[ES 380] - Midterm Exam Guide - Comprehensive Notes for the exam (13 pages long!)

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ES 380
MIDTERM EXAM
STUDY GUIDE
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Chapter 13 Overview:
Environmental conditions at altitude
Physiological responses to acute altitude exposure
Exercise and sport performance at altitude
Acclimation: chronic exposure to altitude
Altitude: optimizing training and performance
Health risks of acute exposure to altitude
Introduction to Exercise at Altitude:
Barometric pressure (Pb) ~760 mmHg at sea level
Partial pressure of oxygen (PO2)
Portion of Pb exerted by oxygen
0.2093 x Pb ~159 mmHg at sea level
Reduced PO2 at altitude limits exercise performance
Hypobaria
Reduced Pb seen at altitude
Results in hypoxia, hypoxemia
Environmental Conditions at Altitude:
Sea level (<500 m): no effects
Low altitude (500-2,000 m)
No effects on well-being
Performance may be , restored by acclimation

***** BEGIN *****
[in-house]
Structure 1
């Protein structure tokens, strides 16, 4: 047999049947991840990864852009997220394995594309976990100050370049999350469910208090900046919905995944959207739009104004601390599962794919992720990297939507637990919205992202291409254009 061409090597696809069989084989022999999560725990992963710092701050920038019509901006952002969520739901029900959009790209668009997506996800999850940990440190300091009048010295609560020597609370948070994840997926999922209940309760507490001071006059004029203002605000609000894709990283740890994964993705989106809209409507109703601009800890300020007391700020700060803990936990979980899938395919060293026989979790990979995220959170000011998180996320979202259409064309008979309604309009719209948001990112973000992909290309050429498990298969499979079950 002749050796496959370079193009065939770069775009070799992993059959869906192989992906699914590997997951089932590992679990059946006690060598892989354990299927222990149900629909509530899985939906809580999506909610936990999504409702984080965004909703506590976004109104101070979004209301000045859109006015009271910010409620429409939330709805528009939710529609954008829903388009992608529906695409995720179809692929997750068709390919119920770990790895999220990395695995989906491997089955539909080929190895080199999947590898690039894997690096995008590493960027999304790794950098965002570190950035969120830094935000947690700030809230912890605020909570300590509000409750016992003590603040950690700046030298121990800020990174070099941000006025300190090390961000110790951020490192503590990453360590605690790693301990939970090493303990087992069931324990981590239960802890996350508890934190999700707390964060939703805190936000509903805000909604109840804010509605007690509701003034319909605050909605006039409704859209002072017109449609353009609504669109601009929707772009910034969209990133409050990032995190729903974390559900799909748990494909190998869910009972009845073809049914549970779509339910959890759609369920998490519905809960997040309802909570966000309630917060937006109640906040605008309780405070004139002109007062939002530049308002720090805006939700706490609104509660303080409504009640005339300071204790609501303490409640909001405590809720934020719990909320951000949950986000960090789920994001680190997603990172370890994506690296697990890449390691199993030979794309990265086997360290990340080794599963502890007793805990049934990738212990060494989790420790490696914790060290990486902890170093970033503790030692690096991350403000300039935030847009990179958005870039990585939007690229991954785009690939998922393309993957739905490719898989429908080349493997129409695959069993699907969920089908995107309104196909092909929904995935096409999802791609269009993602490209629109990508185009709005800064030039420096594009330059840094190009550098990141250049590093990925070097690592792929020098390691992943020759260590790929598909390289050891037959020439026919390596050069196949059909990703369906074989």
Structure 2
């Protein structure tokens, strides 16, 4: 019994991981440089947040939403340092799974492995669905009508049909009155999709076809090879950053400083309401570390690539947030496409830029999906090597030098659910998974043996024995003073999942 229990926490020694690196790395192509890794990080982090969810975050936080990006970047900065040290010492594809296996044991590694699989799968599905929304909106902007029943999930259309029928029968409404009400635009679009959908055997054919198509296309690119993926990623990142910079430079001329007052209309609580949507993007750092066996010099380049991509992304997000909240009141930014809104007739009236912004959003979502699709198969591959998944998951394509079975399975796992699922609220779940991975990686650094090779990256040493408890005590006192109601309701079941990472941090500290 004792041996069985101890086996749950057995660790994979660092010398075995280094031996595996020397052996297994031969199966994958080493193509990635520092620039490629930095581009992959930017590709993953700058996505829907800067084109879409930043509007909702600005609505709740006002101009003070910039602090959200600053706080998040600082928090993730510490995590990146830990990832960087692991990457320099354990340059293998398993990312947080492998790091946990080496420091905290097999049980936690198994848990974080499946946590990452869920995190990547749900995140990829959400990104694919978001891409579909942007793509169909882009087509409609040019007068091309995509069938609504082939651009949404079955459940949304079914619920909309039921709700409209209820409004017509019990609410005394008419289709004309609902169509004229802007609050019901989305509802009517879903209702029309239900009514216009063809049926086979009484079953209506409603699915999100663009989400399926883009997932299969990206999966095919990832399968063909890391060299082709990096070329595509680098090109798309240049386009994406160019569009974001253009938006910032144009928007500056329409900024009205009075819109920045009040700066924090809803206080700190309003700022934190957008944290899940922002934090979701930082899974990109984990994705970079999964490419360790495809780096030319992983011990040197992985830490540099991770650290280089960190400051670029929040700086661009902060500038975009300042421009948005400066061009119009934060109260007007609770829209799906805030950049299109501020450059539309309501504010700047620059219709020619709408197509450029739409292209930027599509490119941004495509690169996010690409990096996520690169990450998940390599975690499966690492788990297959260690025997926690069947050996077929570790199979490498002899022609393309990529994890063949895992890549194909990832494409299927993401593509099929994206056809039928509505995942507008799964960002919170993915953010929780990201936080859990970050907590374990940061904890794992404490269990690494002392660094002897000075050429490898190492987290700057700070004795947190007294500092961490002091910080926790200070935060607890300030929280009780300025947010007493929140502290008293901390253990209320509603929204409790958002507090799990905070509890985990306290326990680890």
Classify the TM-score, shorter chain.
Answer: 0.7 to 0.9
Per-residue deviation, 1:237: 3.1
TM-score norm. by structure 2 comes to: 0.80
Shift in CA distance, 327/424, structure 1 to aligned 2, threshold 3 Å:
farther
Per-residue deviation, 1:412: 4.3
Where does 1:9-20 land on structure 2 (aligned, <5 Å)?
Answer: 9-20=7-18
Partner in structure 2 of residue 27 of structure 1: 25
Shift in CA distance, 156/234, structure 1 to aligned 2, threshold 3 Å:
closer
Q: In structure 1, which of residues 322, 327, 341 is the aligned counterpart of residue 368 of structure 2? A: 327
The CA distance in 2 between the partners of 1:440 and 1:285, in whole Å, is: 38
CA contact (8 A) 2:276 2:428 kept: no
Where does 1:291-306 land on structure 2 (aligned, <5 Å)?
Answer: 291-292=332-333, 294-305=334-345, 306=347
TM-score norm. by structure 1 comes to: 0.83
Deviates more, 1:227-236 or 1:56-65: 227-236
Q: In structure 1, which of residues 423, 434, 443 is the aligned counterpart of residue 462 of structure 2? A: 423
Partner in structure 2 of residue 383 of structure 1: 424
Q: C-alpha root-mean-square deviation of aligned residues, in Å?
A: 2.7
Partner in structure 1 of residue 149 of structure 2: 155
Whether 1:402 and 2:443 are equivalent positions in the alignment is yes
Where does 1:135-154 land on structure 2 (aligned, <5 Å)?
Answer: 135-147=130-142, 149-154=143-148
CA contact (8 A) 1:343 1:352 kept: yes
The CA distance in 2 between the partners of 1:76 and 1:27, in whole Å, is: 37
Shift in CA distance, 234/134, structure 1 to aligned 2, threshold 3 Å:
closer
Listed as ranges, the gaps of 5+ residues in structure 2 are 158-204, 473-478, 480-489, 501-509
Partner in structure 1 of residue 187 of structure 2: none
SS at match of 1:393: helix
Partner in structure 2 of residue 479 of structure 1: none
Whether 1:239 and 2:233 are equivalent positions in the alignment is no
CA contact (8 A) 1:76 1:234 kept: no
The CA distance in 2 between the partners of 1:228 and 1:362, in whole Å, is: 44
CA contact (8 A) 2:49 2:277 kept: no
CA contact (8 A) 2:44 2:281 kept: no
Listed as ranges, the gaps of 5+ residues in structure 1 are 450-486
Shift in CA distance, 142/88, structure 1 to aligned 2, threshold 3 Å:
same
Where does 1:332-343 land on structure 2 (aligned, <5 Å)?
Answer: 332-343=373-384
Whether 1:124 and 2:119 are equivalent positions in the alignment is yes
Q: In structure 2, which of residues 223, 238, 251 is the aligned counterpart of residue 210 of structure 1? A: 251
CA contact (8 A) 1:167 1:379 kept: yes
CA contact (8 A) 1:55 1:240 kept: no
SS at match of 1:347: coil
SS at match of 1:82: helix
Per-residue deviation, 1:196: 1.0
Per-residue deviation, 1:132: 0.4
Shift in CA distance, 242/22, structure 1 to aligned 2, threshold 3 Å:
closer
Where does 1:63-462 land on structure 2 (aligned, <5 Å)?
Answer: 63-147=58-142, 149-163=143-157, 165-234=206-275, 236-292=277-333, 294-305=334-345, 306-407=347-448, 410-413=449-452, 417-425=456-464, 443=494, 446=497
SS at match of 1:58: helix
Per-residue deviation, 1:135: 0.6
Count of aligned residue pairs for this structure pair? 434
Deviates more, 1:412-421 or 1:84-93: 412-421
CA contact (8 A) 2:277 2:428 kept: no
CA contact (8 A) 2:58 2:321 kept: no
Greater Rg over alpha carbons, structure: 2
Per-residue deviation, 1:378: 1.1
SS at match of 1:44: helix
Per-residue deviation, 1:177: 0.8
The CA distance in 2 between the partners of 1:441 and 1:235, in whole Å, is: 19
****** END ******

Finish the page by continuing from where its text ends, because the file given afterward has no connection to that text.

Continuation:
Moderate altitude (2,000-3,000 m)
Effects on well-being in unacclimated people
Performance and aerobic capacity
Performance may or may not be restored by acclimation
High altitude (3,000-5,500 m)
Acute mountain sickness
Performance , not restored by acclimation
Extreme high altitude (>5,500 m)
Severe hypoxic effects
Highest settlements: 5,200 to 5,800 m
For our purposes, altitude = >1,500 m
Few (if any) physiological effects <1,500 m
Pb at sea level exerted by a 24 mile tall air column
Sea level Pb: 760 mmHg
Mt. Everest Pb: 250 mmHg
Pb varies, air composition does not
20.93% O2, 0.03% CO2, 79.04% N2
PO2 always = 20.93% of Pb
159 mmHg at sea level, 52 mmHg on Mt. Everest
Air PO2 affects PO2 in lungs, blood, tissues
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Air temperature at altitude
Temperature decreases 1 °C per 150 m ascent
Contributes to risk of cold-related disorders
Humidity at altitude
Cold air holds very little water
Air at altitude very cold and very dry
Dry air quick dehydration via skin and lungs
Solar radiation at high altitude
UV rays travel through less atmosphere
Water normally absorbs sun radiation, but low water vapor at altitude can’t
Snow reflects/amplifies solar radiation
Physiological Responses to Acute Altitude Exposure
Pulmonary ventilation immediately
At rest and submaximal exercise (but not maximal exercise)
PO2 stimulates chemoreceptors in aortic arch, carotids
Tidal volume for several hours, days
Ventilation at altitude = hyperventilation
Alveolar PCO2 CO2 gradient, loss
Blowing off CO2 = respiratory alkalosis
Respiratory alkalosis = high blood pH
Oxyhemoglobin curve shifts left
Increases affinity for O2
Prevents further hypoxia-driven hyperventilation
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